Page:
– CCCure https://www.freepracticetests.org – you have to pay for this but there are almost 1900 CISSP questions covering all domains. You also have access to Sec+, old CBK questions and CEH questions if you get bored smile emoticon. I did ALL the questions!

 

– Larry Greenblatt’s 8 Domains of CISSP – Free vids on YouTube (almost 40 hours I think) & PDF slide download. Good to cover the same material but with a different approach. I think Larry likes Star Trek! I watched all of these videos.

 

– Mindmaps were provided by Matheus Vasconcelos. An excellent way to visualize the material!

 

– Cue cards/Post-it notes – great for writing down key points! My living room wall was covered with them!

CISSP – aide memoires (‘old’ domains but still useful!)
https://www.cccure.org/…/Eric_Al…/CISSP_aide_memoire20v4.pdf
https://cccure.training/…/Cram-Study-Guide-for-the-CISSP-Ex…
http://www.kilala.nl/Sysadmin/Images/CISSP_Summary_V1.1.pdf

 

-Apps – Pocketprep CISSP. Good for getting used to different types of question. Some difficult questions!

Skillset – another good resource for question that I used- I tackled as many of these as time allowed.

 

Other FREE test resources as follows – I did all of them.

 
 

http://booksite.elsevier.com/companion/conrad/Conrad_PracticeExamA/COU36289844/open.html

 

As far as the ISC2 official book is concerned, I did make a start but found the Sybex book far easier to read – it’s still potentially good as the ‘go-to resource’ for checking points in the curriculum. Fortunately I didn’t have to pay for it as I got it free with a 5-day QA course.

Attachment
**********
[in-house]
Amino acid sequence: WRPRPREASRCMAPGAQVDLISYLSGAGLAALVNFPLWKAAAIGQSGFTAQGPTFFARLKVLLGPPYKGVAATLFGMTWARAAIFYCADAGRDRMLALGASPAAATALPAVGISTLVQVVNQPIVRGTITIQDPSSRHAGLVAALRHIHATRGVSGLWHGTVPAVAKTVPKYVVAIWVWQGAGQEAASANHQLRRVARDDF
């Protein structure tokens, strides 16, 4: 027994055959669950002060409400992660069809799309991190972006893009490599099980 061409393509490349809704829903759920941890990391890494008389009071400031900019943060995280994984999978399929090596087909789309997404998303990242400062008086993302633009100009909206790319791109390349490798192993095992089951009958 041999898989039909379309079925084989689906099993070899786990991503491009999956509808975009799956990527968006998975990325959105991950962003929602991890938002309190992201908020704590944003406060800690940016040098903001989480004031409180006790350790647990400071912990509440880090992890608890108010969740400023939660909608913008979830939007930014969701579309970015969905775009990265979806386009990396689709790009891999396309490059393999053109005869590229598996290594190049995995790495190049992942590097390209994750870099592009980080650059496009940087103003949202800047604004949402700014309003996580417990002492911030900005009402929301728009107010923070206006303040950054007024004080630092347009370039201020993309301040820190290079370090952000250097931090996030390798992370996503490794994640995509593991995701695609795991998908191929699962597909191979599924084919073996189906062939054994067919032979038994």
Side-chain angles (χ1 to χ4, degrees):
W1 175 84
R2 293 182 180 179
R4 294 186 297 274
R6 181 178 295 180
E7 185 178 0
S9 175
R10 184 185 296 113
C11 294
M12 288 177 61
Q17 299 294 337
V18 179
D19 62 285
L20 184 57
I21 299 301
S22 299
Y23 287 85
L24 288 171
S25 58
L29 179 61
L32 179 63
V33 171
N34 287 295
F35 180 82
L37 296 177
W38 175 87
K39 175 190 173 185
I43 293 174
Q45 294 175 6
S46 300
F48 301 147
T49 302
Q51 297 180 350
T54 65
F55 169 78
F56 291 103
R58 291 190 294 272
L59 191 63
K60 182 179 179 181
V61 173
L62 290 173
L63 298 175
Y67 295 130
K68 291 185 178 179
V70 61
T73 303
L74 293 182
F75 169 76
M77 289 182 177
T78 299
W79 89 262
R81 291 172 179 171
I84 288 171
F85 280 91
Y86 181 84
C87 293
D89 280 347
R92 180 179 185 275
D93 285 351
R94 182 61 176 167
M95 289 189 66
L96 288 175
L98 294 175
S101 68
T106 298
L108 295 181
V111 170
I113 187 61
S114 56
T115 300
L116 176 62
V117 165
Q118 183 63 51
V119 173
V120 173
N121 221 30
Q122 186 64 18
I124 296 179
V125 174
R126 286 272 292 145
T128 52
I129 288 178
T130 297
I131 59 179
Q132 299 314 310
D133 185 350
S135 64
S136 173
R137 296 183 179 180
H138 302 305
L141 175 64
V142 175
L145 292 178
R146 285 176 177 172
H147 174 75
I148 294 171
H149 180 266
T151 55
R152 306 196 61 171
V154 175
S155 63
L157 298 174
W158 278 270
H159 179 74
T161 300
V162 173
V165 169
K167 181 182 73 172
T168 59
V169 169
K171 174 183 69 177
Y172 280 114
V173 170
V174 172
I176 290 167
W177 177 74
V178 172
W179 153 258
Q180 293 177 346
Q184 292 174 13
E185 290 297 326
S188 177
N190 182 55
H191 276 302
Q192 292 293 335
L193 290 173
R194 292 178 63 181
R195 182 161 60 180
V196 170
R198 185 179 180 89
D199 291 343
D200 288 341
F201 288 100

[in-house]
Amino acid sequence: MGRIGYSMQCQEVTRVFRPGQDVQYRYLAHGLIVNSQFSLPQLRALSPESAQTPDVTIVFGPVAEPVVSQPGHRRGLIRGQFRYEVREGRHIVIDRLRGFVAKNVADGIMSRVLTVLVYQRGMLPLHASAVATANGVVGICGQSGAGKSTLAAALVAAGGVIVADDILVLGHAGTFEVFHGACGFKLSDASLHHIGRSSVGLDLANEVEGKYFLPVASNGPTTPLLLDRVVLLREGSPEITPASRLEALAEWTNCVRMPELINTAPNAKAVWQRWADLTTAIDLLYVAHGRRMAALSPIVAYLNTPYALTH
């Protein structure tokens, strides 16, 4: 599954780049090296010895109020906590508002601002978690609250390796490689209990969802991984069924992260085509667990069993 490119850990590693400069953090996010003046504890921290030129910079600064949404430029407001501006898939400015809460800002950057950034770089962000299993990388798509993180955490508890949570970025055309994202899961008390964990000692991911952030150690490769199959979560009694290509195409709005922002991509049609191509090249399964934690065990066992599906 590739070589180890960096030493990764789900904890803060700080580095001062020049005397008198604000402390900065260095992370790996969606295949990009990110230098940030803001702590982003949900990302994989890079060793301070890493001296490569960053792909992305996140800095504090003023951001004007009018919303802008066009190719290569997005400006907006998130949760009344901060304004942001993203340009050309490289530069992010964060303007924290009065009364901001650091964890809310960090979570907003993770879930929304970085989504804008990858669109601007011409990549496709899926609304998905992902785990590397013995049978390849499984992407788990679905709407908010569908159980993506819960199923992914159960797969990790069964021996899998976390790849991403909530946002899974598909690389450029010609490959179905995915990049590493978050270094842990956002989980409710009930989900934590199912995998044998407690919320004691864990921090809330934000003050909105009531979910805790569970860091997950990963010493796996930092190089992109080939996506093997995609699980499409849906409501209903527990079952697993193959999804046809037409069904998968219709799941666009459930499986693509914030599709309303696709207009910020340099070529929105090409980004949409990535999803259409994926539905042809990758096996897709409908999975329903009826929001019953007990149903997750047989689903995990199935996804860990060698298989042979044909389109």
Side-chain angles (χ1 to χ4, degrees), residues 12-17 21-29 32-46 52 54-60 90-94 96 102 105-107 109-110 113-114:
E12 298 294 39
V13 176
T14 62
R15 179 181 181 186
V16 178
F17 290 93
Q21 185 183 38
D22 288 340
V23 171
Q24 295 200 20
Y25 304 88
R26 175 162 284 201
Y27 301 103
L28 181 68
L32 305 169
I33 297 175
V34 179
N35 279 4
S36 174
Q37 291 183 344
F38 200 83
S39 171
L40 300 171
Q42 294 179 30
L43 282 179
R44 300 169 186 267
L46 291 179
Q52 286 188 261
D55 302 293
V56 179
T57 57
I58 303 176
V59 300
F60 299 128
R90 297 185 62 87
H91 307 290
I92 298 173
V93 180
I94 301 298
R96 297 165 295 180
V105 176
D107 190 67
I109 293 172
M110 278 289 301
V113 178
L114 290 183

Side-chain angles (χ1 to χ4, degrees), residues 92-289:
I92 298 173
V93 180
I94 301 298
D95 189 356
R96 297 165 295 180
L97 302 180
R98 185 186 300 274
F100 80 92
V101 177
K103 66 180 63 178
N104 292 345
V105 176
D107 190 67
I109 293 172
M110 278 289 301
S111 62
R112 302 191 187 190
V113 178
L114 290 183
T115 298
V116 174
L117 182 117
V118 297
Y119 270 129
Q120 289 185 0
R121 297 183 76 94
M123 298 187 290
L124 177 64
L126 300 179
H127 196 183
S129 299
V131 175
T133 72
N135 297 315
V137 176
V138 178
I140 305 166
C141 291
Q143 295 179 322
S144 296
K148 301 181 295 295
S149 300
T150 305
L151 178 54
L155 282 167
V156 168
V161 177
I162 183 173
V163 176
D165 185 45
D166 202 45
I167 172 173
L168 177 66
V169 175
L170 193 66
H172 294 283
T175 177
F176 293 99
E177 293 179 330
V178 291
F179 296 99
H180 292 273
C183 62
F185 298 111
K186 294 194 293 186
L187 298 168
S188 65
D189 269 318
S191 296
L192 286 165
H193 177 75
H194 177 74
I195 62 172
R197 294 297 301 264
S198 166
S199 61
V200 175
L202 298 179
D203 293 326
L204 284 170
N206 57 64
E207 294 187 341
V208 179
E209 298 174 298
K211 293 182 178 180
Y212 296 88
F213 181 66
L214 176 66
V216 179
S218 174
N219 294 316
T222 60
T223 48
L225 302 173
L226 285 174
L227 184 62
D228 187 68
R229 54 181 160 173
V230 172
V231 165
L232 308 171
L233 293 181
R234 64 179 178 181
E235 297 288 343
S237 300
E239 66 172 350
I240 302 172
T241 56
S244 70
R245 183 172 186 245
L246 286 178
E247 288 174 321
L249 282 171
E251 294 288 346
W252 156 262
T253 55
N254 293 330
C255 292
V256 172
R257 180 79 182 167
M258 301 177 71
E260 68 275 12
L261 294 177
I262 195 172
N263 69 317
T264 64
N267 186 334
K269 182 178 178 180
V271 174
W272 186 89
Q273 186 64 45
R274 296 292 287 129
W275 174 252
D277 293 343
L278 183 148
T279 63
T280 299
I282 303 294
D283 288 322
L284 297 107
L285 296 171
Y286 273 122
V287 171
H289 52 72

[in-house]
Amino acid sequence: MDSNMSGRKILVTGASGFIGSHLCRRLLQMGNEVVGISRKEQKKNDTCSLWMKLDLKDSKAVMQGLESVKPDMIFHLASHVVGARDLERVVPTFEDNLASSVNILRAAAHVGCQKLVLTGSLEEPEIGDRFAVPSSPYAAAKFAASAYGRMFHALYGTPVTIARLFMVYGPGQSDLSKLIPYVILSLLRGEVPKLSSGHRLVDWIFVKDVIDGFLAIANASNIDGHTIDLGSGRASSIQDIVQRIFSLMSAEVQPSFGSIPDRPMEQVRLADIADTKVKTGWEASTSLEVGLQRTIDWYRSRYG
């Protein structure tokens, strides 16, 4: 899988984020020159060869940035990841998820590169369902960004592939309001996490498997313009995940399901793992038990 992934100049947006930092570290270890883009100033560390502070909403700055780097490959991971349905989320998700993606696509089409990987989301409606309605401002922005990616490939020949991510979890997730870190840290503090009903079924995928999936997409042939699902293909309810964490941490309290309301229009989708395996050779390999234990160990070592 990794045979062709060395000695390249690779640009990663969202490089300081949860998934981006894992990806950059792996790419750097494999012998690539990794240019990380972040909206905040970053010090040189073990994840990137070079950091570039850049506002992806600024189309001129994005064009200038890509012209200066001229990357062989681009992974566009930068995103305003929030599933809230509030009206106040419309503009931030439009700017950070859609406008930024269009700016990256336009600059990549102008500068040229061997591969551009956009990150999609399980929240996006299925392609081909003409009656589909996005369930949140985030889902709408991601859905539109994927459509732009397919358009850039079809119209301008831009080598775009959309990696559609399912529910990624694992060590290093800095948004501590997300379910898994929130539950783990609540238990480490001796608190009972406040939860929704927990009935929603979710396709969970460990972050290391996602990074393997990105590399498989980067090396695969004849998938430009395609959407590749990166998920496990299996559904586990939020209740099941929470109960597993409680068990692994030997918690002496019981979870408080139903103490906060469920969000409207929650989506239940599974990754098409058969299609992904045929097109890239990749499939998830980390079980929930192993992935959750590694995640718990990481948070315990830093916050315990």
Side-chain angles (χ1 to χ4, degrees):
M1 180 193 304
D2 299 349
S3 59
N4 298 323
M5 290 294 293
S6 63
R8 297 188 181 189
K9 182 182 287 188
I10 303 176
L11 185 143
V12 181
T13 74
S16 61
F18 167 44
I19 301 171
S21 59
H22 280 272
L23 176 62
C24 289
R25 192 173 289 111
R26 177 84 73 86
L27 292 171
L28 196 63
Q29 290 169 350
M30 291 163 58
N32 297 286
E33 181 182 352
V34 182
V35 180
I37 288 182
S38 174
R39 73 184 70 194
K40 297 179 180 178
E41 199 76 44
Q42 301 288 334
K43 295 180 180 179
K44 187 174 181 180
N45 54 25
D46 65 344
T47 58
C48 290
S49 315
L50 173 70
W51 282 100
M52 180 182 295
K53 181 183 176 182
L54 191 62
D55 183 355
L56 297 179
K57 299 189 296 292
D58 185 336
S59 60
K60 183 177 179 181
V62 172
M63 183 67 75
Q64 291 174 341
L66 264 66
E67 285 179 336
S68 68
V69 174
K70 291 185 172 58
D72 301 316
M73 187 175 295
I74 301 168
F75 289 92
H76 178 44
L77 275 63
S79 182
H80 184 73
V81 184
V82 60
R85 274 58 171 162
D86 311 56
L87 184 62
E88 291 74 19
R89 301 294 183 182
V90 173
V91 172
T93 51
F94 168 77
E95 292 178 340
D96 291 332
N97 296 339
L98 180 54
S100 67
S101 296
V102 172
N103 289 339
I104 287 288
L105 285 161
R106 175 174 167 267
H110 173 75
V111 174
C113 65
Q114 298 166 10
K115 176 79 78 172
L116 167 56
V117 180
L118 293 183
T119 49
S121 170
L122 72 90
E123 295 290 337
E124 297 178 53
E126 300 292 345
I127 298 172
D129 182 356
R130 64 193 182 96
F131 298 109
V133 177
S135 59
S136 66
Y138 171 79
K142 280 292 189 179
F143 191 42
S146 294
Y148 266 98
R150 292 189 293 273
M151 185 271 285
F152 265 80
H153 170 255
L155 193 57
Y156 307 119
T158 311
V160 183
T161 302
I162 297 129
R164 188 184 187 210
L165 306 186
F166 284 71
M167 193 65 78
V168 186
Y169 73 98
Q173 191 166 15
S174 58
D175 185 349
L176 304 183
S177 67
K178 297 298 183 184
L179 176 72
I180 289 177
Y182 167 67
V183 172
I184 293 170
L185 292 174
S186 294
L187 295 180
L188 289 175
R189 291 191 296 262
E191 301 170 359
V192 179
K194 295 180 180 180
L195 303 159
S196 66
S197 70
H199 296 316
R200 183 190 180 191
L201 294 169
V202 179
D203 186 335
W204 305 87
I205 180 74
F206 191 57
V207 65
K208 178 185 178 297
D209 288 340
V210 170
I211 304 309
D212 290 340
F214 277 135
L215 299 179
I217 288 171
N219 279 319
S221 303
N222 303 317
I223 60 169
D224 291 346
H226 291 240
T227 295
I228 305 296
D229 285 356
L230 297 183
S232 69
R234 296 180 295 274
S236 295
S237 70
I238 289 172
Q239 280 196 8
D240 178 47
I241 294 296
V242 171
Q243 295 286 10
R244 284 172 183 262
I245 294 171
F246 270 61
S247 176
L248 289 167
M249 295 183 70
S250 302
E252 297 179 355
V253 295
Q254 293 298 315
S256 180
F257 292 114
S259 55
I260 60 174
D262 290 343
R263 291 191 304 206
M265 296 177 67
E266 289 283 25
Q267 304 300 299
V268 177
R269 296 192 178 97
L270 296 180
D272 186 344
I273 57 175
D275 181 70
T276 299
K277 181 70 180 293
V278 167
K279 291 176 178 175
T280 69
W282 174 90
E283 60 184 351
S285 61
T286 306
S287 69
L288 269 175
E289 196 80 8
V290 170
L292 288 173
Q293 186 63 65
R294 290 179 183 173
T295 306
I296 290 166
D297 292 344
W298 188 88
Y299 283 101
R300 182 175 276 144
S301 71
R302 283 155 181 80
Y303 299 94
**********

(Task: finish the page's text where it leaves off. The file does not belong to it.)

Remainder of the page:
On the subject of QA, if you are in the UK, I would NOT personally recommend this course. I got it free (fortunately) as I had complained about one of their courses previously, and I’ll be complaining about this one too as I did’t feel that I learned ANYTHING from the week.

 

In summary, take as long as you think you need to master the 8 domains but set yourself a semi-fixed timetable or you will drift and drift. Take practice tests for each domain and then take ones for multiple ones.

 

Do longer tests when comfortable – you NEED to get used to longer tests as the real one WILL take it out of you mentally! Once you have started longer tests keep doing them, you need to get used to it! From my own perspective, I was getting a bit fed up with constant testing and just wanted to get it over with. When YOU feel like this I would say it’s time to take the real test.

 

In terms of scheduling the real thing, try and arrange the test for a Monday if possible – you get two uninterrupted days of final revision/testing (i.e. the 4 Sybex exams) to make sure you are READY. Disappear to a quiet place for the weekend, turn off the TV, switch your phone off and get in the ‘zone’.

 

FOCUS FOCUS FOCUS – it worked for me :))

 

If you want it bad enough you WILL put in the required effort to get it! Fail to prepare and you can prepare to fail………………….

I hope information helps you – Good Luck. Don’t forget to reward yourself WHEN you pass – you will have earned it!